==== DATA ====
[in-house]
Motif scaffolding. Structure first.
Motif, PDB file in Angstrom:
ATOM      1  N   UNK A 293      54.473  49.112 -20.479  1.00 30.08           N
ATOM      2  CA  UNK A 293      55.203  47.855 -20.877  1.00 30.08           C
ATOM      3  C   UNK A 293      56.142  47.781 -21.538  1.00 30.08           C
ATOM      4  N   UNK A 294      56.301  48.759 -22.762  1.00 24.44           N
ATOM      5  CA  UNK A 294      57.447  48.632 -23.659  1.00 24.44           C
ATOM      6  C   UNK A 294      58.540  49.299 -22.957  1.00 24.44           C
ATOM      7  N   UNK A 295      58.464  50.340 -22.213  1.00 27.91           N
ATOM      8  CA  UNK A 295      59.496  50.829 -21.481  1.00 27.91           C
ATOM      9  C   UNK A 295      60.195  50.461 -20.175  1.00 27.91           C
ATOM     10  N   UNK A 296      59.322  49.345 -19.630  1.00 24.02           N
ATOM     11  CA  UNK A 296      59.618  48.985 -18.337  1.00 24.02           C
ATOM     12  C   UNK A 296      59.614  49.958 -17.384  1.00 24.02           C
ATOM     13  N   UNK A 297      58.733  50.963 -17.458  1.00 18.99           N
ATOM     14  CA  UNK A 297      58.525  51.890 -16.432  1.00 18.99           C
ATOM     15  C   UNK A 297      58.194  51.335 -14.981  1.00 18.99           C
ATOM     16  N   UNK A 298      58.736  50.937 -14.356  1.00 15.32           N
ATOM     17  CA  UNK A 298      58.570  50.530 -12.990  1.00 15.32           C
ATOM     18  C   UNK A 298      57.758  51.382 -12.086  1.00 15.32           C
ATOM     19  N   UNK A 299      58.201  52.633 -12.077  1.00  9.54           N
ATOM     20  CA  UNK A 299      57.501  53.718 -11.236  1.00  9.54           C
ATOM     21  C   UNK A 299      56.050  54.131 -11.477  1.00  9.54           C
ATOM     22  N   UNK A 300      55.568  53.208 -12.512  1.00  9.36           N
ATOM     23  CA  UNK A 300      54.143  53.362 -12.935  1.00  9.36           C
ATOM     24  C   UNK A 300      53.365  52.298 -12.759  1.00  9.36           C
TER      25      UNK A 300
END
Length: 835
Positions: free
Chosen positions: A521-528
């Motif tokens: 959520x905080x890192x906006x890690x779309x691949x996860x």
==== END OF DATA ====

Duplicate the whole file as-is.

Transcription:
[in-house]
Motif scaffolding. Structure first.
Motif, PDB file in Angstrom:
ATOM      1  N   UNK A 293      54.473  49.112 -20.479  1.00 30.08           N
ATOM      2  CA  UNK A 293      55.203  47.855 -20.877  1.00 30.08           C
ATOM      3  C   UNK A 293      56.142  47.781 -21.538  1.00 30.08           C
ATOM      4  N   UNK A 294      56.301  48.759 -22.762  1.00 24.44           N
ATOM      5  CA  UNK A 294      57.447  48.632 -23.659  1.00 24.44           C
ATOM      6  C   UNK A 294      58.540  49.299 -22.957  1.00 24.44           C
ATOM      7  N   UNK A 295      58.464  50.340 -22.213  1.00 27.91           N
ATOM      8  CA  UNK A 295      59.496  50.829 -21.481  1.00 27.91           C
ATOM      9  C   UNK A 295      60.195  50.461 -20.175  1.00 27.91           C
ATOM     10  N   UNK A 296      59.322  49.345 -19.630  1.00 24.02           N
ATOM     11  CA  UNK A 296      59.618  48.985 -18.337  1.00 24.02           C
ATOM     12  C   UNK A 296      59.614  49.958 -17.384  1.00 24.02           C
ATOM     13  N   UNK A 297      58.733  50.963 -17.458  1.00 18.99           N
ATOM     14  CA  UNK A 297      58.525  51.890 -16.432  1.00 18.99           C
ATOM     15  C   UNK A 297      58.194  51.335 -14.981  1.00 18.99           C
ATOM     16  N   UNK A 298      58.736  50.937 -14.356  1.00 15.32           N
ATOM     17  CA  UNK A 298      58.570  50.530 -12.990  1.00 15.32           C
ATOM     18  C   UNK A 298      57.758  51.382 -12.086  1.00 15.32           C
ATOM     19  N   UNK A 299      58.201  52.633 -12.077  1.00  9.54           N
ATOM     20  CA  UNK A 299      57.501  53.718 -11.236  1.00  9.54           C
ATOM     21  C   UNK A 299      56.050  54.131 -11.477  1.00  9.54           C
ATOM     22  N   UNK A 300      55.568  53.208 -12.512  1.00  9.36           N
ATOM     23  CA  UNK A 300      54.143  53.362 -12.935  1.00  9.36           C
ATOM     24  C   UNK A 300      53.365  52.298 -12.759  1.00  9.36           C
TER      25      UNK A 300
END
Length: 835
Positions: free
Chosen positions: A521-528
């Motif tokens: 959520x905080x890192x906006x890690x779309x691949x996860x």